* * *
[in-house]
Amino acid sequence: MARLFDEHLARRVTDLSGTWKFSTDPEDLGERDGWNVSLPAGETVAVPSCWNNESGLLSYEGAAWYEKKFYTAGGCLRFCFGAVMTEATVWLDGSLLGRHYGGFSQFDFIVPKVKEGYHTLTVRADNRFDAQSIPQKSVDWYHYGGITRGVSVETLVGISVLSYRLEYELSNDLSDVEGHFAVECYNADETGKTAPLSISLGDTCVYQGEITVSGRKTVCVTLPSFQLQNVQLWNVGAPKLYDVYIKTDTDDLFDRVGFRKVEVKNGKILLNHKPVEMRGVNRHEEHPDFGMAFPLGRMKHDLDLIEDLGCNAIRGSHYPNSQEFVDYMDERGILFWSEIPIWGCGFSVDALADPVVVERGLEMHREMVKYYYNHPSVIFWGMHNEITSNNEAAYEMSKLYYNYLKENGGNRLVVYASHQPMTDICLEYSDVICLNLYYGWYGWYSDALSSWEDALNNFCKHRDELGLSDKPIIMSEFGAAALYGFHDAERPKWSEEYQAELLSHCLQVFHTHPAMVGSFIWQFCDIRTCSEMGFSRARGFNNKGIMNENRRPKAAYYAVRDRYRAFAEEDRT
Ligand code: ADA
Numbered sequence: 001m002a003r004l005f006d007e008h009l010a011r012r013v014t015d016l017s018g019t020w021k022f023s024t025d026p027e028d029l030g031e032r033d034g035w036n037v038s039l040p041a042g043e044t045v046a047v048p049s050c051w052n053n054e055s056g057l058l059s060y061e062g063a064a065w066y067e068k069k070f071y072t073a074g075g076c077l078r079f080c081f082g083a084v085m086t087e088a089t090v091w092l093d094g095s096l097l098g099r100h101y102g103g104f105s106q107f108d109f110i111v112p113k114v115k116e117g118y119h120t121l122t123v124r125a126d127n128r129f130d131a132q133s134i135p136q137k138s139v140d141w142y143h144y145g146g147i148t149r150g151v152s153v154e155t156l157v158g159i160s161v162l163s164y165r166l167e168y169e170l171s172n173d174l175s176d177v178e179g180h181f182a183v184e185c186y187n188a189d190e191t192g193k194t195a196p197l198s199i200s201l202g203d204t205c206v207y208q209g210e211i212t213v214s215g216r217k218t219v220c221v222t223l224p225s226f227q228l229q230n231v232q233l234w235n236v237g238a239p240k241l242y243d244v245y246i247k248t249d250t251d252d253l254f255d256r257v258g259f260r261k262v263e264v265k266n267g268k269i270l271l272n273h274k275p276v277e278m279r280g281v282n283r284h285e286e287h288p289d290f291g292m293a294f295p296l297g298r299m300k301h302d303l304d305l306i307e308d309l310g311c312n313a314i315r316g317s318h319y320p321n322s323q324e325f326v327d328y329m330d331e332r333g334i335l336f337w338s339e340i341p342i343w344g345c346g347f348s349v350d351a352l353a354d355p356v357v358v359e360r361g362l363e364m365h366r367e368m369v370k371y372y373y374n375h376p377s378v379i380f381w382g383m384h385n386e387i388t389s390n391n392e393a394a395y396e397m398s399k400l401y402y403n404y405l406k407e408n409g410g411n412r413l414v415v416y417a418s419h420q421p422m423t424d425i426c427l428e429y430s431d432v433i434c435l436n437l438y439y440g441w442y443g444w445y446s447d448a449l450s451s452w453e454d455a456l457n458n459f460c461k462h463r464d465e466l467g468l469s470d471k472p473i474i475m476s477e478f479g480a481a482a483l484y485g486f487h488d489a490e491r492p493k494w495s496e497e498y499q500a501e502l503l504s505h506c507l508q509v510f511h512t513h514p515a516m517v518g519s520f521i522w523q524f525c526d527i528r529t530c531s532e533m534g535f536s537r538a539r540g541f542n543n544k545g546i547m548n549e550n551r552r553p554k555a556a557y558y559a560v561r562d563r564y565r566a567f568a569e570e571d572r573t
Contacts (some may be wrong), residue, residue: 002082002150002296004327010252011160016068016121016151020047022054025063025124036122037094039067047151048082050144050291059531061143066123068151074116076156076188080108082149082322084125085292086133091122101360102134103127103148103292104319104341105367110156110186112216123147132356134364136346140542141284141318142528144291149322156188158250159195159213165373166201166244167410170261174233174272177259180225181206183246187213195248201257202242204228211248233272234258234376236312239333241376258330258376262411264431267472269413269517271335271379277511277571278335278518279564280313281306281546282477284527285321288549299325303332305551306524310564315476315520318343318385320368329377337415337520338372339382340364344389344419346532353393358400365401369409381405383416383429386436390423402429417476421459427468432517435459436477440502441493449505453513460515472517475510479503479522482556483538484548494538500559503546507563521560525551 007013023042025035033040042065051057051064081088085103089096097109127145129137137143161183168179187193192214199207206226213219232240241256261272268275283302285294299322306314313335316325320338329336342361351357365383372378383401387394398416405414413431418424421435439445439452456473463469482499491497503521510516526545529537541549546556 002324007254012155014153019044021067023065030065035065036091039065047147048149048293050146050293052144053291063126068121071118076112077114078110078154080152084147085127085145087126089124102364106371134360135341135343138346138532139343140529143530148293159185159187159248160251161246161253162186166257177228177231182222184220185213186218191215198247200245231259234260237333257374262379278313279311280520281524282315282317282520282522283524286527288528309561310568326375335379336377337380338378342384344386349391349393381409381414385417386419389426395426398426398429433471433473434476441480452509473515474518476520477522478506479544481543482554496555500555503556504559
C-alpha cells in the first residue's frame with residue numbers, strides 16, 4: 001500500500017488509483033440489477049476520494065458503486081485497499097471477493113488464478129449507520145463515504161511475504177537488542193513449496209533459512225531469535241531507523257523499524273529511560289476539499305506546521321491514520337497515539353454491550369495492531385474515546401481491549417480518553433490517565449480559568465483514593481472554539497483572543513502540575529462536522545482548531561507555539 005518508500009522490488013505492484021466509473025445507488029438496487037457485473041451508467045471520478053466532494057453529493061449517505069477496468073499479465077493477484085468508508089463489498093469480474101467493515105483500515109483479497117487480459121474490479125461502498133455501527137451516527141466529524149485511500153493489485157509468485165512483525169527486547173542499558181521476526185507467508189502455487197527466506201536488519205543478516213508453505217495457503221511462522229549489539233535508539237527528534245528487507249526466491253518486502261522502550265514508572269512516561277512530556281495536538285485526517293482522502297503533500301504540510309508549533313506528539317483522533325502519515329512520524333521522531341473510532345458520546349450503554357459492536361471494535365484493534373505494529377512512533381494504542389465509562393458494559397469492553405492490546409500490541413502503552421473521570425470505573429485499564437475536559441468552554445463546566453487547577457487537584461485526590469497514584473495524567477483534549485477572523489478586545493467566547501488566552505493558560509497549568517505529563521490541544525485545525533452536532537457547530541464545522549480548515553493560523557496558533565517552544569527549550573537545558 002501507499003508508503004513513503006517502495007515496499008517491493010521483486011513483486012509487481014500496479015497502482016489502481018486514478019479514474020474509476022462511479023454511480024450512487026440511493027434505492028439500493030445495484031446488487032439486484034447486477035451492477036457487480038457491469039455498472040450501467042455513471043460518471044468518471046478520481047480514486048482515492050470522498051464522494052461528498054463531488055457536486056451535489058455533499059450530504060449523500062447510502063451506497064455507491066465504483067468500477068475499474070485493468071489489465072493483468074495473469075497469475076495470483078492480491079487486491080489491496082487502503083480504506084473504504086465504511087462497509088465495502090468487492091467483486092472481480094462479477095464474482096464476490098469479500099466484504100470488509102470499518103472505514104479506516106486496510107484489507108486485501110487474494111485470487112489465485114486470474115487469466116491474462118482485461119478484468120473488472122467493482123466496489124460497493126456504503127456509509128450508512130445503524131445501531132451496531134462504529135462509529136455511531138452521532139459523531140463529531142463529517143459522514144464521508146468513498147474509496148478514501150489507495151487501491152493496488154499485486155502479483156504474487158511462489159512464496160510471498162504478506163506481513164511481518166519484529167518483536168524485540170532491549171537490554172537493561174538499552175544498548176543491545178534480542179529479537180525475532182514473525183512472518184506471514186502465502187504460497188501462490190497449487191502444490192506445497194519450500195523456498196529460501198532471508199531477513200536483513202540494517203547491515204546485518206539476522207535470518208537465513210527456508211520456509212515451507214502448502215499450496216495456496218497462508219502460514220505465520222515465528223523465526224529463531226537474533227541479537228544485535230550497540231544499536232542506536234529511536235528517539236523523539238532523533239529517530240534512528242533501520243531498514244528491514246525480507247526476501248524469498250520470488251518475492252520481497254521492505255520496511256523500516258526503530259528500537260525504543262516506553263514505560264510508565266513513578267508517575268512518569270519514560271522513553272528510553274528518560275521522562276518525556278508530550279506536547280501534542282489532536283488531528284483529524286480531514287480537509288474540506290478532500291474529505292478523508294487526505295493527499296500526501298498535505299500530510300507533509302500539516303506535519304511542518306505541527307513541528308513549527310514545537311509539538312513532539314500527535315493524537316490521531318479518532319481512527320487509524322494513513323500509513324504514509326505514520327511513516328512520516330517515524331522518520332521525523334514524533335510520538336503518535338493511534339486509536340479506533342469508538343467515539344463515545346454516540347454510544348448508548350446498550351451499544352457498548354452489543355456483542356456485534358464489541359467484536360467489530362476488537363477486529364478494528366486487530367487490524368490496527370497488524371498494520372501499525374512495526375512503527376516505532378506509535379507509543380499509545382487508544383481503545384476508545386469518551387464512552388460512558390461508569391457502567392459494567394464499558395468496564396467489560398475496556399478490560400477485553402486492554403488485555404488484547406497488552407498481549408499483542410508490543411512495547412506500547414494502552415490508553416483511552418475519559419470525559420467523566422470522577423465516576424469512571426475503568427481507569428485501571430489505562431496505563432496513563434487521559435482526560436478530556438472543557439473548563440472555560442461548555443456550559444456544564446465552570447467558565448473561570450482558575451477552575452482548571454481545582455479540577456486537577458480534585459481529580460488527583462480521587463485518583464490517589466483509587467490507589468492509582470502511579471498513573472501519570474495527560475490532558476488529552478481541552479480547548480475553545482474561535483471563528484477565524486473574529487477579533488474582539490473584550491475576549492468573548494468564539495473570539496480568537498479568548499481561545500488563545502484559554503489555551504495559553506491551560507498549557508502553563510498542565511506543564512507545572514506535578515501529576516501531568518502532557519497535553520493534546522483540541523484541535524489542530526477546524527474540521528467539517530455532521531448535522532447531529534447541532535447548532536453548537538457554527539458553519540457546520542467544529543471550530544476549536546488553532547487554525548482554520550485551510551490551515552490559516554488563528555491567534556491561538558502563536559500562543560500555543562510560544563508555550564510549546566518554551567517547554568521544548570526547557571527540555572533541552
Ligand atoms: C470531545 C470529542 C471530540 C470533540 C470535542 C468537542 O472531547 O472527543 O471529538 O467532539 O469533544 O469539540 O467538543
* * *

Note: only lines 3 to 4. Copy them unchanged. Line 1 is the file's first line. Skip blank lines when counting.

Ligand code: ADA
Numbered sequence: 001m002a003r004l005f006d007e008h009l010a011r012r013v014t015d016l017s018g019t020w021k022f023s024t025d026p027e028d029l030g031e032r033d034g035w036n037v038s039l040p041a042g043e044t045v046a047v048p049s050c051w052n053n054e055s056g057l058l059s060y061e062g063a064a065w066y067e068k069k070f071y072t073a074g075g076c077l078r079f080c081f082g083a084v085m086t087e088a089t090v091w092l093d094g095s096l097l098g099r100h101y102g103g104f105s106q107f108d109f110i111v112p113k114v115k116e117g118y119h120t121l122t123v124r125a126d127n128r129f130d131a132q133s134i135p136q137k138s139v140d141w142y143h144y145g146g147i148t149r150g151v152s153v154e155t156l157v158g159i160s161v162l163s164y165r166l167e168y169e170l171s172n173d174l175s176d177v178e179g180h181f182a183v184e185c186y187n188a189d190e191t192g193k194t195a196p197l198s199i200s201l202g203d204t205c206v207y208q209g210e211i212t213v214s215g216r217k218t219v220c221v222t223l224p225s226f227q228l229q230n231v232q233l234w235n236v237g238a239p240k241l242y243d244v245y246i247k248t249d250t251d252d253l254f255d256r257v258g259f260r261k262v263e264v265k266n267g268k269i270l271l272n273h274k275p276v277e278m279r280g281v282n283r284h285e286e287h288p289d290f291g292m293a294f295p296l297g298r299m300k301h302d303l304d305l306i307e308d309l310g311c312n313a314i315r316g317s318h319y320p321n322s323q324e325f326v327d328y329m330d331e332r333g334i335l336f337w338s339e340i341p342i343w344g345c346g347f348s349v350d351a352l353a354d355p356v357v358v359e360r361g362l363e364m365h366r367e368m369v370k371y372y373y374n375h376p377s378v379i380f381w382g383m384h385n386e387i388t389s390n391n392e393a394a395y396e397m398s399k400l401y402y403n404y405l406k407e408n409g410g411n412r413l414v415v416y417a418s419h420q421p422m423t424d425i426c427l428e429y430s431d432v433i434c435l436n437l438y439y440g441w442y443g444w445y446s447d448a449l450s451s452w453e454d455a456l457n458n459f460c461k462h463r464d465e466l467g468l469s470d471k472p473i474i475m476s477e478f479g480a481a482a483l484y485g486f487h488d489a490e491r492p493k494w495s496e497e498y499q500a501e502l503l504s505h506c507l508q509v510f511h512t513h514p515a516m517v518g519s520f521i522w523q524f525c526d527i528r529t530c531s532e533m534g535f536s537r538a539r540g541f542n543n544k545g546i547m548n549e550n551r552r553p554k555a556a557y558y559a560v561r562d563r564y565r566a567f568a569e570e571d572r573t